The Life After #5 introduces a major player in the game, while reintroducing a character from the very first installment. Is it good?
The Life After #5 (Oni Press)
Following the shock of the last book where Nettie had somehow been pulled back into Purgatory from Heaven, Joshua Hale Fialkov begins The Life After #5 by filling the reader in on what has happened to Nettie since Jude sent her skyward. One would think after reading four books, the reader would be prepared for some curveballs out of strange field. However, there are no curveballs; Gabo is upfront with the strange, depicting a husband’s face in a state of melting and one of the most grotesque babies you will lay your eyes on. The beauty of this initial sequence is how it actually does surprise you. You are prepared for the strange, but not the sinister and evil which follows.
Following the opening sequence, there is an excellent emotional scene with Nettie, where Gabo is able to portray her as broken and defeated, mourning the loss of her daughter Esmerelda, to a panel of joy as she remembers her daughter’s smile, and finally to one of vengeance as she vows to punish those who have taken her child and especially the man who sent her on the journey in the first place! Gabo is able to capture the emotional whirlpool that afflicts us when faced with a tragic loss.
The main action sequence is also quite enjoyable with a fantastic monster creation. Not only is the demon’s true form a behemoth to behold, but Gabo’s ability to portray her as she shifts to and from her humanoid form is truly interesting. It is almost as if the demon’s bulk is melting off the humanoid form. He also uses the lighting to great effect to create a higher sense of tension. Gabo uses dark purples and blues to create a midnight purple, making the panels much darker to coincide with the threat to Jude. The darkness is expunged with an explosion of color that is truly beautiful to look at.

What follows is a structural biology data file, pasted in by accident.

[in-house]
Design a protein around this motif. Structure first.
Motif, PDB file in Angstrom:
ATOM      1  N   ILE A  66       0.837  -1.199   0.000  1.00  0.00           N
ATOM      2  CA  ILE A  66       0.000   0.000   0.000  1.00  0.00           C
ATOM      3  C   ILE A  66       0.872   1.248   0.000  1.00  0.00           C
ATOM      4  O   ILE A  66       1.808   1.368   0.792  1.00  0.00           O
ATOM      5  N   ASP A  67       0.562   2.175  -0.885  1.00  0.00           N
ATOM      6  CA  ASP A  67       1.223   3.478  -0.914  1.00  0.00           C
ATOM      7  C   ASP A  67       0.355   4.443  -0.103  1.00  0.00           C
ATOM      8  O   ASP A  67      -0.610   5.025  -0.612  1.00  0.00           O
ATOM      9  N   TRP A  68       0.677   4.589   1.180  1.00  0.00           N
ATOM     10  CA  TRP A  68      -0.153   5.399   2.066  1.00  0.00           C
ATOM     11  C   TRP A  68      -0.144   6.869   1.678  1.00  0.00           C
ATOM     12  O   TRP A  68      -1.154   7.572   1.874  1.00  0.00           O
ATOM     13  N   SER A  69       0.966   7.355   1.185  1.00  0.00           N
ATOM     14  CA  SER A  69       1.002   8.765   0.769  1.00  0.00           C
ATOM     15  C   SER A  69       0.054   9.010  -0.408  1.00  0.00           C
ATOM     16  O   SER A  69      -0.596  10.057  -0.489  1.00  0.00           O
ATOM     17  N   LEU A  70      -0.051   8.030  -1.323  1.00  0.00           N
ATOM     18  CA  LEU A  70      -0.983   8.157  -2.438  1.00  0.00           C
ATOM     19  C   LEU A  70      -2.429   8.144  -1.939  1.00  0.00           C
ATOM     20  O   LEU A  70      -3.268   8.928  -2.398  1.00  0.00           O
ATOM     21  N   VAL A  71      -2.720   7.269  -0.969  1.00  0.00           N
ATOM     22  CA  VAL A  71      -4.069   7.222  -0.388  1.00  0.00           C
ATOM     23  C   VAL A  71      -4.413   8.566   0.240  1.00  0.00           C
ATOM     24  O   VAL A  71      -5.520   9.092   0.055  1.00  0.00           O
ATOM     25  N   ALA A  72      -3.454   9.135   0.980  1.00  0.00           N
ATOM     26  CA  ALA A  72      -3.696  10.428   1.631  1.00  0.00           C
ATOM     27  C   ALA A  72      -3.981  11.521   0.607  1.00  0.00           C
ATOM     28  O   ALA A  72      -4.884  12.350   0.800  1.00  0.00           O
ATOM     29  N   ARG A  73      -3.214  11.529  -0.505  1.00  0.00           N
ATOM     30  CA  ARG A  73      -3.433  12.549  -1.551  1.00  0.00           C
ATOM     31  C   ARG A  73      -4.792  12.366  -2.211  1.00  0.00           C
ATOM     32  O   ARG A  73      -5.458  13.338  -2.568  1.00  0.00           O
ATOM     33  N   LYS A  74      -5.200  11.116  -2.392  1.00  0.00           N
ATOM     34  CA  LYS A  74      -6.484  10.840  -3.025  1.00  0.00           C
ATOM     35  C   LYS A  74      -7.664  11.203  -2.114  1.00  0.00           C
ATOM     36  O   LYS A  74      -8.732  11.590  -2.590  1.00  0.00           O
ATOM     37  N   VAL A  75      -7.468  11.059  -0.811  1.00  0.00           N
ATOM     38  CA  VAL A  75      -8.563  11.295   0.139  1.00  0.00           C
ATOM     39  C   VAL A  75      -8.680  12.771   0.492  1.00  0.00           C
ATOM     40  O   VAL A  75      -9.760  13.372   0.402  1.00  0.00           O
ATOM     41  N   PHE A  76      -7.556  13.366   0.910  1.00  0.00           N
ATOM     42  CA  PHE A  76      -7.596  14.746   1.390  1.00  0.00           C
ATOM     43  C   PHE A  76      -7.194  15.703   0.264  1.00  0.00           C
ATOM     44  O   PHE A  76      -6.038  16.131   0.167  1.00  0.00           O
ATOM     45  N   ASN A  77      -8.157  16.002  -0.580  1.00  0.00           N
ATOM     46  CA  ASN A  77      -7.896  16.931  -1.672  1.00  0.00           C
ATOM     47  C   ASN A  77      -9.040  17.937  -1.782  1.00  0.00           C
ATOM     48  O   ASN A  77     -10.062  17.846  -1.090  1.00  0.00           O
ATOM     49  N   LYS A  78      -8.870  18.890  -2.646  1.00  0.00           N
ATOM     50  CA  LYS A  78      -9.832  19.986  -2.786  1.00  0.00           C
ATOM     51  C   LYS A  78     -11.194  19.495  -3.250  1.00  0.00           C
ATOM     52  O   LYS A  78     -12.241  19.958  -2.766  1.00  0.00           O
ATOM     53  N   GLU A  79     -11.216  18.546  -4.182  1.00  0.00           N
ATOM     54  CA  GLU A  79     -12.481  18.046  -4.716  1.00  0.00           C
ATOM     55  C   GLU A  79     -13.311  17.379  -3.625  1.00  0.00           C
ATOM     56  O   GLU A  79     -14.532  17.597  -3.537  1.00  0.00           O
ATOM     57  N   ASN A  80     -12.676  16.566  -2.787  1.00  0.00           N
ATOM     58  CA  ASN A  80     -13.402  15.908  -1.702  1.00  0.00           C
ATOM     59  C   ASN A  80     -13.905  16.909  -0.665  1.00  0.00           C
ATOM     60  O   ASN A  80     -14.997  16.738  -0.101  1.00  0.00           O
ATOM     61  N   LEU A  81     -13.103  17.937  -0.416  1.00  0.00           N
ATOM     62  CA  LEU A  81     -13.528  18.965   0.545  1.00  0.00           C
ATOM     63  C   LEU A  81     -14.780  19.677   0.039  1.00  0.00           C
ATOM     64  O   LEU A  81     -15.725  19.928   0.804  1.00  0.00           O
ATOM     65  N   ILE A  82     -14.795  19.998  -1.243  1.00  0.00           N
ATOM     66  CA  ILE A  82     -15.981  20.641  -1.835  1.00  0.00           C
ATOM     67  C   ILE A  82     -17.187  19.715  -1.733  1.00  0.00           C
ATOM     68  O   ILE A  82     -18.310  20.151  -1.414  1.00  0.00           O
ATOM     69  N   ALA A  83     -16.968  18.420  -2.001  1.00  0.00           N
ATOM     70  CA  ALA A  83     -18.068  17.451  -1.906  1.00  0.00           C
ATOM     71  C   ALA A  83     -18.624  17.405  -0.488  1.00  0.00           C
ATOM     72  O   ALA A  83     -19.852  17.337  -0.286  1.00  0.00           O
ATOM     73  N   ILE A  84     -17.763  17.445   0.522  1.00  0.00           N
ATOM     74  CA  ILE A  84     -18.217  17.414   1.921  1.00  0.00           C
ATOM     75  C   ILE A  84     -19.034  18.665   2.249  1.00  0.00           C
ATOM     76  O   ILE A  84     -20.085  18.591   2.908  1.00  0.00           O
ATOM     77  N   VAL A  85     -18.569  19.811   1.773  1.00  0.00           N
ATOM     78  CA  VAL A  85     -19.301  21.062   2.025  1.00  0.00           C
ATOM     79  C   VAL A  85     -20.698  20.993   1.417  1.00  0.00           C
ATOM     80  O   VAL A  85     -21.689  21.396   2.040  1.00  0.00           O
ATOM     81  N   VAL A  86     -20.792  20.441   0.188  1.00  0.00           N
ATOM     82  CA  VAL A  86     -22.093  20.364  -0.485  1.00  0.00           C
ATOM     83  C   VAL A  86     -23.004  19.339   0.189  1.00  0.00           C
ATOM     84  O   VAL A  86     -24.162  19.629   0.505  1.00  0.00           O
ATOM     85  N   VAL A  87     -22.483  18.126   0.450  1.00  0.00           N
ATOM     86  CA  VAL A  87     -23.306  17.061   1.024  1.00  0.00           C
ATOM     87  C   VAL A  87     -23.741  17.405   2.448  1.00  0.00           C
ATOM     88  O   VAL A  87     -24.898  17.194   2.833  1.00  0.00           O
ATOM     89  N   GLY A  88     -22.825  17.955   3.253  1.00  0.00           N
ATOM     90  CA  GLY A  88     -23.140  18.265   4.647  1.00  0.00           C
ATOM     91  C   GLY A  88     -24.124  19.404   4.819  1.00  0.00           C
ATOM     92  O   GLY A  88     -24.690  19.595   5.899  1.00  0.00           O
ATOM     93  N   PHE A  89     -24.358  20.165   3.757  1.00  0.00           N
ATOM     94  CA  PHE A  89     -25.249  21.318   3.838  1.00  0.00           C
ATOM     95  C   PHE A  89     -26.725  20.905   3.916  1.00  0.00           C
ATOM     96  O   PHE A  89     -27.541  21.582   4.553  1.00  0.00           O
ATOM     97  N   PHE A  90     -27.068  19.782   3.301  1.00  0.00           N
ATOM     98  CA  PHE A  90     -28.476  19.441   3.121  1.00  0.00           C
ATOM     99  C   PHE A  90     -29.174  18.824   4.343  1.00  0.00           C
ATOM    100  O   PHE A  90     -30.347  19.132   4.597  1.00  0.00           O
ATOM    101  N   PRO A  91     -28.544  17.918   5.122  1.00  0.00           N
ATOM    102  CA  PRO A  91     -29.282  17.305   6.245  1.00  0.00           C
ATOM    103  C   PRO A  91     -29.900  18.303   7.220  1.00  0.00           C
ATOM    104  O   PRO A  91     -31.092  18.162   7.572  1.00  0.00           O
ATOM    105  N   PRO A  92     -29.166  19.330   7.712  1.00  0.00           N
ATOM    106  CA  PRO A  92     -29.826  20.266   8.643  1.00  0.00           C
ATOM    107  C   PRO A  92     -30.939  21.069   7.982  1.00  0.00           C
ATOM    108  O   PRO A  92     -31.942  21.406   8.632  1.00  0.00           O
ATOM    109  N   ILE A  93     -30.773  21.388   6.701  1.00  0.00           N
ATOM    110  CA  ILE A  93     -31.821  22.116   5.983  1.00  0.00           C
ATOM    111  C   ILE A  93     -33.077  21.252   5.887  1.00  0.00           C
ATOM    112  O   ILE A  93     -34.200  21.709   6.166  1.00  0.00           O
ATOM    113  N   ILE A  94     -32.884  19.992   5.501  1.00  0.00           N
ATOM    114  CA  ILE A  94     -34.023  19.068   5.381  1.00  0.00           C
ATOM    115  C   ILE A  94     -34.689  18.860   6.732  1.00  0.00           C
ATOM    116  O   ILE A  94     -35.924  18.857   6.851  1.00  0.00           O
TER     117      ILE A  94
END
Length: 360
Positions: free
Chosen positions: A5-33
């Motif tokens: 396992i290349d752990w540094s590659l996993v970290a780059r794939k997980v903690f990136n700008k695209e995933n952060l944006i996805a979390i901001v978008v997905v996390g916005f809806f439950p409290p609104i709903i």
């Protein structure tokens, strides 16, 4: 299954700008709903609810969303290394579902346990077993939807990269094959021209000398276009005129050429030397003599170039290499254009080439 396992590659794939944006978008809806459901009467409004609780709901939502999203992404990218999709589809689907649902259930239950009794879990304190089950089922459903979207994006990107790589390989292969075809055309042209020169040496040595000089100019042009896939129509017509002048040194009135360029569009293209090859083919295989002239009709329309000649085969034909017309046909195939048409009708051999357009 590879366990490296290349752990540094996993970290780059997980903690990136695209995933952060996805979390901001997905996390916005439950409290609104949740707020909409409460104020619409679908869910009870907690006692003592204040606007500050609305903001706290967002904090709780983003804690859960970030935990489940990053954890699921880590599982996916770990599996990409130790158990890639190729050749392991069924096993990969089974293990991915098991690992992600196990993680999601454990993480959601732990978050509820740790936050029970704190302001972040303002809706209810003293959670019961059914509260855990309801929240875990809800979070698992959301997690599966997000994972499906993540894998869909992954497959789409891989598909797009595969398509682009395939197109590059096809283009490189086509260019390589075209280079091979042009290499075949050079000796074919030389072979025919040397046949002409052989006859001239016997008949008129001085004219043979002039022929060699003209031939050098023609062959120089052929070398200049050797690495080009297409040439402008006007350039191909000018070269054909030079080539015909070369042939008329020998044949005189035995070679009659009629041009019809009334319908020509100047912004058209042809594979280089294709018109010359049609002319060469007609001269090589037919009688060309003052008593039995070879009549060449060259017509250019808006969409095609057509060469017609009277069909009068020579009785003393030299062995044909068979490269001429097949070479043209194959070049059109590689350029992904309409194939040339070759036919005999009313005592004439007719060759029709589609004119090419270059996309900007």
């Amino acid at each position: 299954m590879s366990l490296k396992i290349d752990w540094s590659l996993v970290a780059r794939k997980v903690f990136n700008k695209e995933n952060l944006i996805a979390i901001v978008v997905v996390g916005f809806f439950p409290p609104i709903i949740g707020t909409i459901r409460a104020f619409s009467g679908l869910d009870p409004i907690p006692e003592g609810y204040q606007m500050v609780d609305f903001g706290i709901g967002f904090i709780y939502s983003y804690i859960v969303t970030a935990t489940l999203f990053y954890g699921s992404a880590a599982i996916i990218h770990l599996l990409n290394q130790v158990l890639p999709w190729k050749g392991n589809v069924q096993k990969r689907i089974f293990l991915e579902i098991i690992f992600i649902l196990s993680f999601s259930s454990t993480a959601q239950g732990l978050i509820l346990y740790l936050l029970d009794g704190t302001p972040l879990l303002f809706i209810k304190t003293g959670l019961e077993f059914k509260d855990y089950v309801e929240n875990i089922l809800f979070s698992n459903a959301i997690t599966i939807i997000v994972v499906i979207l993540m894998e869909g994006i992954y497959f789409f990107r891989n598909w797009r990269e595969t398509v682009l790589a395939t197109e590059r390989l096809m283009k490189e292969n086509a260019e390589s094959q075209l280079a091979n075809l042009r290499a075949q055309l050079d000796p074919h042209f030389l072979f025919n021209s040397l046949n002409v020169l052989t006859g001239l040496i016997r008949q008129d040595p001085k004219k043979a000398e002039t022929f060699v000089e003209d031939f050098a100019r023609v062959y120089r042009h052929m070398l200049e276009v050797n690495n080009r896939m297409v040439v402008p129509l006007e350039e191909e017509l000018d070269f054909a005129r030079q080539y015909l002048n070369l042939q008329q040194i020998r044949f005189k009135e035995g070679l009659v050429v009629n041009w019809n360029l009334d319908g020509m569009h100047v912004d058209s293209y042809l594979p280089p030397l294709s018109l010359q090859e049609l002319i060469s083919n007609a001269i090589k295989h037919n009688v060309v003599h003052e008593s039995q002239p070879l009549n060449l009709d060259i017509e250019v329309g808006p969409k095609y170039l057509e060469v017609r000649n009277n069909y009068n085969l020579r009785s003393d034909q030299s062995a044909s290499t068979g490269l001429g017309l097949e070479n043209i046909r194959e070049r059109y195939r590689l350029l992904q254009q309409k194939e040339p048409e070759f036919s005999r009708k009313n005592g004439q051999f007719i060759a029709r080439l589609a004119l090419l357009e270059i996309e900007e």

During the sequence, the writing and dialogue are tense. It is a life or death situation, but for some reason Fialkov decides to end the sequence on a rather comedic note that takes away from the gravity of the situation and the fear the demon was able to generate. Instead the demon is diminished and tossed aside.
The book ends with a nice little surprise, as Fialkov keeps readers on their toes. Because if you thought you had an idea of where the series was going, Fialkov reminds you that you really don’t and Purgatory is much larger than you could have imagined!
Is It Good?
Fialkov and Gabo continue to produce an enjoyable albeit strange take on the afterlife. The two are able to capture the human emotions of loss perfectly in Nettie’s monologue and Gabo’s artwork. Gabo’s art was a definite highlight with an intriguing monster creation, especially when it’s shifting to and from humanoid form. However, there were some slip ups with an odd comedic ending to the demon’s demise.
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